If I haven’t made my point painstakingly obvious by this point, it is simply that we young folk are highly capable of creating things at any point in our schooling or not-quite-yet-professional careers. The sooner we start, the better for each of us in the long run. I am very excited to see how this group develops beyond Wesley’s tenure and am confident that it will continue to be a staple in the already exceptional new music scene at ECU.
I’ll close with a quote from Wesley when I asked him if he had any specific advice for students who had an idea but weren’t sure they knew how to begin realizing that idea and making it a reality. “Just don’t be afraid to jump in the water. It could crash and burn, but there’s a good chance that it won’t. Before I approached Dr. Jacobs, I was a little skeptical of it, because I was thinking ‘What if he says no, or what if he says yes but I can’t get anyone [to play] and we have to withdraw the whole thing?’ So it’s just something where you have to be ready to jump in the water; and if there’s a shark in the water, you deal with it.”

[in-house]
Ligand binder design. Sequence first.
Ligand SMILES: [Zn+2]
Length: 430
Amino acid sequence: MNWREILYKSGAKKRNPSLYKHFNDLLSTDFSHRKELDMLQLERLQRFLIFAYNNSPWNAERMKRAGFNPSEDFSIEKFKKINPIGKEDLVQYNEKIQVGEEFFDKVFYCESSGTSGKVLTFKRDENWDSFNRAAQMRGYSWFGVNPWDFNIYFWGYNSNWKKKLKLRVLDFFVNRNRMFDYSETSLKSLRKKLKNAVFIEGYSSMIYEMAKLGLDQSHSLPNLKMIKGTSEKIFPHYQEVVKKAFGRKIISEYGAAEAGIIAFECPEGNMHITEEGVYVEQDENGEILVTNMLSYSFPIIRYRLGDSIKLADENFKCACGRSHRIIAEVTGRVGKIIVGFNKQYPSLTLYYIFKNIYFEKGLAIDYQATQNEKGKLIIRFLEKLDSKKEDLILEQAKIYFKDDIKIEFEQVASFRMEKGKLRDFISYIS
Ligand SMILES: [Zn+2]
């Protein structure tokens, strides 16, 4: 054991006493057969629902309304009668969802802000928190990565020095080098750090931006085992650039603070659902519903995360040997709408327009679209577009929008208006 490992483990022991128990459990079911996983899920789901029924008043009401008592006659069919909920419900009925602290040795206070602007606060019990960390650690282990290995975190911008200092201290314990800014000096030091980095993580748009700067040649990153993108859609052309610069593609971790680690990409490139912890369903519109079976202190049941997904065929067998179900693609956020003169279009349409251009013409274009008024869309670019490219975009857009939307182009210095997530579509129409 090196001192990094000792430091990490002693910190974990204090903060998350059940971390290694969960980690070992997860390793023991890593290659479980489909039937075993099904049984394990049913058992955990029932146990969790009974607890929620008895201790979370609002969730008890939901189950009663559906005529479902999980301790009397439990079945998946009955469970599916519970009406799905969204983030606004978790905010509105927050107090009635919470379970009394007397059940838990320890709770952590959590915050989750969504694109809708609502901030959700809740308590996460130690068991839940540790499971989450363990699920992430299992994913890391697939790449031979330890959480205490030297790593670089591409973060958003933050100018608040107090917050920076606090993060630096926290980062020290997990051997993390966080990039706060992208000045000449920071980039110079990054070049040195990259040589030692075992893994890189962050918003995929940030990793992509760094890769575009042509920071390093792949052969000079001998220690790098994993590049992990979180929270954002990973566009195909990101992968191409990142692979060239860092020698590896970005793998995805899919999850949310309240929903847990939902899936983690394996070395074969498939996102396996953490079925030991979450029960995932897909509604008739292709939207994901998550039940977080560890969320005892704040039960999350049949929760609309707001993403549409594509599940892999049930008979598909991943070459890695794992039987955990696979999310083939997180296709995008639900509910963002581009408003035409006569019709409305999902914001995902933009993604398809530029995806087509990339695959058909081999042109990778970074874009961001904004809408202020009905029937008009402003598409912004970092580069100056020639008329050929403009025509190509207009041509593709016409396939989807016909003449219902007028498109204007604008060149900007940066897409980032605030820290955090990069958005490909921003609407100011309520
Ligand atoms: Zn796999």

William Carrigan is a bass player and songwriter based in New York City, as well as the current Chief Operations Officer at Open G Records. He graduated from East Carolina University with degrees in classical and jazz performance and currently attends New York University in pursuit of a Master’s degree in music business. He can be reached at firstname.lastname@example.org.